Windows 7 / Getting Started

Printing Directory Listings

Don't you find it annoying that Windows Explorer has no "print" command? Ha! Here's an area where the command-line environment is much more capable.You can easily print a directory listing from the command line.

You can redirect the output of any dir command to a network printer or to your local printer if you've shared it, using commands such as the following:

cd \Users\\bknittel\Documents\My Music
dir >\\localhost\printername

where printername is the share name of your printer.This technique doesn't tell the printer to finish the last page of the listing, however, and you probably have to manually eject the last page.

Tip: You can gain a bit more control over the process by redirecting the listing to a file and then printing it with Notepad or a word processor. However, if you redirect the directory listing into a file in the same directory you're listing, the listing file will appear in the output. You can avoid this by directing the listing file into another directory, as with these commands:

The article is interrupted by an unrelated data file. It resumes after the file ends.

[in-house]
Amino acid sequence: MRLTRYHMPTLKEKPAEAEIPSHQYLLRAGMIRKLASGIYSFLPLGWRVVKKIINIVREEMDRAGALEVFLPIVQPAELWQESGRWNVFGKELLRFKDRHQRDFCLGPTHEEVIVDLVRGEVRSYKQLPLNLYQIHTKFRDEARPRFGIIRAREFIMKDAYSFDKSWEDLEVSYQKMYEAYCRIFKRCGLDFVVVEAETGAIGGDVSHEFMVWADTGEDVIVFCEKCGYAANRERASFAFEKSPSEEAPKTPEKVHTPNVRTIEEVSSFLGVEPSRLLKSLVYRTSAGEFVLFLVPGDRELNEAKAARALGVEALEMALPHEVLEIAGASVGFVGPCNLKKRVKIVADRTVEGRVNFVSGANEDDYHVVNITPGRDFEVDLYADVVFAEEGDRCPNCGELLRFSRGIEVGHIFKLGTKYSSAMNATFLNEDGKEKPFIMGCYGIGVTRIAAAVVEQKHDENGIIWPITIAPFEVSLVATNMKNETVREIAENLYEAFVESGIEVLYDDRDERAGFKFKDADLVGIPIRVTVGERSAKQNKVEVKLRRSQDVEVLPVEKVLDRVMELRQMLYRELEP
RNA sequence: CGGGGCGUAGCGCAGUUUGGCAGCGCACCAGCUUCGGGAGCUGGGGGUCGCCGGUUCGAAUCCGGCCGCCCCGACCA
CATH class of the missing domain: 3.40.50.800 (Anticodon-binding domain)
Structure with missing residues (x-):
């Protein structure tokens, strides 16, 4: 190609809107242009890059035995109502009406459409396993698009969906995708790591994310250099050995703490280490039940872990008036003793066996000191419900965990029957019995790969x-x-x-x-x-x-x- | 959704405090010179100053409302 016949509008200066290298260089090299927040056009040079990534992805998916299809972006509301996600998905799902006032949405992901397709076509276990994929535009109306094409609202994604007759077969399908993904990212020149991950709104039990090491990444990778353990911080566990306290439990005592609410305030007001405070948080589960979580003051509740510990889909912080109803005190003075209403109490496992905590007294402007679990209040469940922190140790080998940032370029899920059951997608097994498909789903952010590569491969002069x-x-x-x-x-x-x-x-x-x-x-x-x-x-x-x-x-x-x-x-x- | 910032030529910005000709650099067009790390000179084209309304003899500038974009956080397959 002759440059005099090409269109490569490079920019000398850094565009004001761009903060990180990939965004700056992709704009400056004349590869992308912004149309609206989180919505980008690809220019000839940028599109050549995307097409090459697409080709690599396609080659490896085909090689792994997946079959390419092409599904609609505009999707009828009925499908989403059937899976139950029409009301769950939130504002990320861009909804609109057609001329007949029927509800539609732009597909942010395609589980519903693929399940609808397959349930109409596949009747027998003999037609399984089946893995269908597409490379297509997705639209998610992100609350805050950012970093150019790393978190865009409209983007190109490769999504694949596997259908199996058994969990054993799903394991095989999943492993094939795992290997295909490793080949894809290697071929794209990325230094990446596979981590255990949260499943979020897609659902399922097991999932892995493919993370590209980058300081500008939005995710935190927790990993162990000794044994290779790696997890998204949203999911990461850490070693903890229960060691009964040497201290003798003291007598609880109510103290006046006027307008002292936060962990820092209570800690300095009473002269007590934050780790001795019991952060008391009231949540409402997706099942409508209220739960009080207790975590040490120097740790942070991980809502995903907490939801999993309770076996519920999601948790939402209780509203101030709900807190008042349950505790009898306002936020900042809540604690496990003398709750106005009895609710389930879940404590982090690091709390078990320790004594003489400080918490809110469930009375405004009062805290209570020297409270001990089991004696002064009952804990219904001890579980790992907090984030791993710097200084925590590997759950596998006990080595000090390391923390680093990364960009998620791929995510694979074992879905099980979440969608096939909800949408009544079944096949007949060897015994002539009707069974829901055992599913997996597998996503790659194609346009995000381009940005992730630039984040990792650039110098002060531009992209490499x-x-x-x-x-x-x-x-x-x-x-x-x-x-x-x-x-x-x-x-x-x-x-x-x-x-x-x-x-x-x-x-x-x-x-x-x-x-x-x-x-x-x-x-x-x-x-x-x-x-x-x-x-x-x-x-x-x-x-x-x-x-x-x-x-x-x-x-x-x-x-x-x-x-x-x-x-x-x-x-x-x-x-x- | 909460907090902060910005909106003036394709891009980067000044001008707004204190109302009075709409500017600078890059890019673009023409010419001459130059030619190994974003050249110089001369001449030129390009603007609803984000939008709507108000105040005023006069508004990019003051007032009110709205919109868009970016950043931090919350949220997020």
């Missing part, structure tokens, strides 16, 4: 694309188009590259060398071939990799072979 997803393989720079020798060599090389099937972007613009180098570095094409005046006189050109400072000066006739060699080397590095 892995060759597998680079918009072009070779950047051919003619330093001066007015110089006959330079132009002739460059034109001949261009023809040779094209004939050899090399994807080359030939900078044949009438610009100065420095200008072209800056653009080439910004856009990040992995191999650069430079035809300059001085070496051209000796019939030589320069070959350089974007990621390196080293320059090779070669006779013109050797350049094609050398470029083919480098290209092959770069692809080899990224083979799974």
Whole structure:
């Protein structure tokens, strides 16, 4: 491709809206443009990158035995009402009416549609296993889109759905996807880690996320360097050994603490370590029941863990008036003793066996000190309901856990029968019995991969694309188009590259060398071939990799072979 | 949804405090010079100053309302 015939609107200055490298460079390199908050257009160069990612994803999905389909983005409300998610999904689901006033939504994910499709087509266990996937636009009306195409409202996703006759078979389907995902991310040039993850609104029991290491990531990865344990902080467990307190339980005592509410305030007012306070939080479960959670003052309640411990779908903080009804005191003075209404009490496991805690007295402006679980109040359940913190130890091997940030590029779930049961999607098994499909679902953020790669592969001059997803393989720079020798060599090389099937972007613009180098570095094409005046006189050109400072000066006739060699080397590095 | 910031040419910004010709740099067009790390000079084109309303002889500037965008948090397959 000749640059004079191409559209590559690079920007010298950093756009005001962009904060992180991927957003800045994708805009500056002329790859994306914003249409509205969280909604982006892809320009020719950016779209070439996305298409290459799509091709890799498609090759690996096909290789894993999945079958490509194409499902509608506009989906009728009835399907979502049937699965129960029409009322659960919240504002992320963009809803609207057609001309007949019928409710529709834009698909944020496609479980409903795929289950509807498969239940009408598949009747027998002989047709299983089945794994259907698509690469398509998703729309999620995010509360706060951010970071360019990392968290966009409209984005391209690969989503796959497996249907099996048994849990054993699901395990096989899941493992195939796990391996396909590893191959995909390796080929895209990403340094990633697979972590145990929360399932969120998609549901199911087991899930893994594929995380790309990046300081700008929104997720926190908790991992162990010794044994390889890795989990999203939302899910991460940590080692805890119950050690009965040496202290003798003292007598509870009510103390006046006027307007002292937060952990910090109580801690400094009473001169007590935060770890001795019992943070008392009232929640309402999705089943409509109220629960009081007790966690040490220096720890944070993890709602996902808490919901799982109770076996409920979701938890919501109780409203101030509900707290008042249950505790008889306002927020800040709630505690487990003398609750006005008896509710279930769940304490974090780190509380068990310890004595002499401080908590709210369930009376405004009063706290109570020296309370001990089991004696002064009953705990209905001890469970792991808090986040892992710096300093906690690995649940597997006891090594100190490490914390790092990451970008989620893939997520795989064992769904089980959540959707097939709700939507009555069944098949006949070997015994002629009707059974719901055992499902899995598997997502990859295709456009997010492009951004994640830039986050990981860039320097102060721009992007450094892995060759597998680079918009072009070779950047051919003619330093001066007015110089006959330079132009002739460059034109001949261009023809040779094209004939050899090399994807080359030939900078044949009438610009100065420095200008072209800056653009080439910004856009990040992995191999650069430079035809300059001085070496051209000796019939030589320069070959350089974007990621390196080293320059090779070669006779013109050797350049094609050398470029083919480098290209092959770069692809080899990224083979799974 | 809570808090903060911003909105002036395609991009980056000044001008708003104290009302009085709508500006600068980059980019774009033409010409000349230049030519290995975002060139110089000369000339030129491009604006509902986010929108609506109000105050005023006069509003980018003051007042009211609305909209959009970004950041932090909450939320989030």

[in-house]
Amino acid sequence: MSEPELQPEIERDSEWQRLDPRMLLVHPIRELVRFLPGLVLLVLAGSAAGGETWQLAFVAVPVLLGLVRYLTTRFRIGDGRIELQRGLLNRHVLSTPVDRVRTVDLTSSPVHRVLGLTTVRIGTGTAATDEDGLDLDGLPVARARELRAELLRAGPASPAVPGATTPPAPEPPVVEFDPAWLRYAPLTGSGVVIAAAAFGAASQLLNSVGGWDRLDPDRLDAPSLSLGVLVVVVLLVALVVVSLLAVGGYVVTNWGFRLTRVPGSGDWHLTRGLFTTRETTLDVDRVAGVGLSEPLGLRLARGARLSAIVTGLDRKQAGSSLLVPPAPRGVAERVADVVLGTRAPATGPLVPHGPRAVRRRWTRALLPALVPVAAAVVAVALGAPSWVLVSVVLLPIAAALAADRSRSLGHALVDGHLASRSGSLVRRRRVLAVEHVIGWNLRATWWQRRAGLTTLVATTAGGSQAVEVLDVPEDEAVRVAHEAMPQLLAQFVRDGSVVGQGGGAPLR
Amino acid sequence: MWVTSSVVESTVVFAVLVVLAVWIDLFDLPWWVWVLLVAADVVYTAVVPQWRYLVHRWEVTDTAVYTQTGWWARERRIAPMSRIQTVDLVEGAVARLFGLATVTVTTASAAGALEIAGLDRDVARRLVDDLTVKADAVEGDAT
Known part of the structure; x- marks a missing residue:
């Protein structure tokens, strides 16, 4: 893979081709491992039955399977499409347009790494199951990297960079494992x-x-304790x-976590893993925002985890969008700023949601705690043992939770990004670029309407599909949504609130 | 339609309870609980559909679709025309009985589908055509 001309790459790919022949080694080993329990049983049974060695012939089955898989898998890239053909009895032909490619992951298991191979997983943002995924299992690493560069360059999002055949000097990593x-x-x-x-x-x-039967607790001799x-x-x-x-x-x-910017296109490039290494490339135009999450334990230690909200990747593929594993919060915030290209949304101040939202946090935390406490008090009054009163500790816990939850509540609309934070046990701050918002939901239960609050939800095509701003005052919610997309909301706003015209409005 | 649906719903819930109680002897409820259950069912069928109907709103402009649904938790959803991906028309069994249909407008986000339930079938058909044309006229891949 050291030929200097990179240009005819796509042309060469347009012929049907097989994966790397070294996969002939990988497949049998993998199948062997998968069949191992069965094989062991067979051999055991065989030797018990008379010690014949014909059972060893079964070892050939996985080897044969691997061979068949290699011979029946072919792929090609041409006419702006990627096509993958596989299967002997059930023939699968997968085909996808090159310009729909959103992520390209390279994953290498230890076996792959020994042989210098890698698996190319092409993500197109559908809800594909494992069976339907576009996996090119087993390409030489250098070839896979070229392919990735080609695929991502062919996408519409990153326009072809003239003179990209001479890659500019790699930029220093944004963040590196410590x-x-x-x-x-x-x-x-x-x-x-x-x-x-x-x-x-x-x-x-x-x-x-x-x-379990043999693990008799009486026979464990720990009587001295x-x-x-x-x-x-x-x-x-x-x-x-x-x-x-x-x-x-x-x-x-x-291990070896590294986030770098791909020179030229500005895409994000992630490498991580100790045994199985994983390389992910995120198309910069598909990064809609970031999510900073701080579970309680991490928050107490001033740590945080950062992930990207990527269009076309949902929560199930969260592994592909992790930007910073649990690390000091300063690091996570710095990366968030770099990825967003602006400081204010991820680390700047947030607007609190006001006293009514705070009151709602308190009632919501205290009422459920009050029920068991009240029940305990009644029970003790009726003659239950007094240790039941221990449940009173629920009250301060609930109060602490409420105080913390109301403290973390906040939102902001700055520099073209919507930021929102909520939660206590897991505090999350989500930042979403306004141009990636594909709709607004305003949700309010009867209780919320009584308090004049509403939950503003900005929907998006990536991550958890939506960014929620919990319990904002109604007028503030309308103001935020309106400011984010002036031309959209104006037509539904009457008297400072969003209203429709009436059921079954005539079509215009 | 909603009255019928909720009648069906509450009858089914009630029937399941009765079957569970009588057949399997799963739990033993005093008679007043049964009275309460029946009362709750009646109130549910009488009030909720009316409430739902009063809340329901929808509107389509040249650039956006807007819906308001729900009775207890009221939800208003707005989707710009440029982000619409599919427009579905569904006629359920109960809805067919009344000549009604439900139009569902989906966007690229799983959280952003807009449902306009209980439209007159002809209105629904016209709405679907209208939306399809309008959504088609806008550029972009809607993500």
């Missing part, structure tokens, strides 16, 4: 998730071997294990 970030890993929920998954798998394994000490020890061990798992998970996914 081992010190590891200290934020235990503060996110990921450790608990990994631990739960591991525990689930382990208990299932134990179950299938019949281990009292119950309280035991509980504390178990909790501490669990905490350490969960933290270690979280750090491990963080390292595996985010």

cd \Users\bknittel\Documents\My Music
dir /s >..\list
notepad ..\list
del ..\list

Note that .. represents the directory one level above the directory being listed. After printing the listing with Notepad, you can delete the scratch file.

Getting Lists of Filenames

The default directory listing format lists dates, sizes, times, header information, and a summary.The /b option asks dir to print a list of names only.The output of such a listing can be redirected to a file, where it can be used as input to programs, batch files, or WSH scripts that want, as input, a list of filenames.

When you use /s and /b, the dir command lists the full path for all files it displays. For example, from my Windows directory, dir /b /s *.wav prints a long list of files starting with these:


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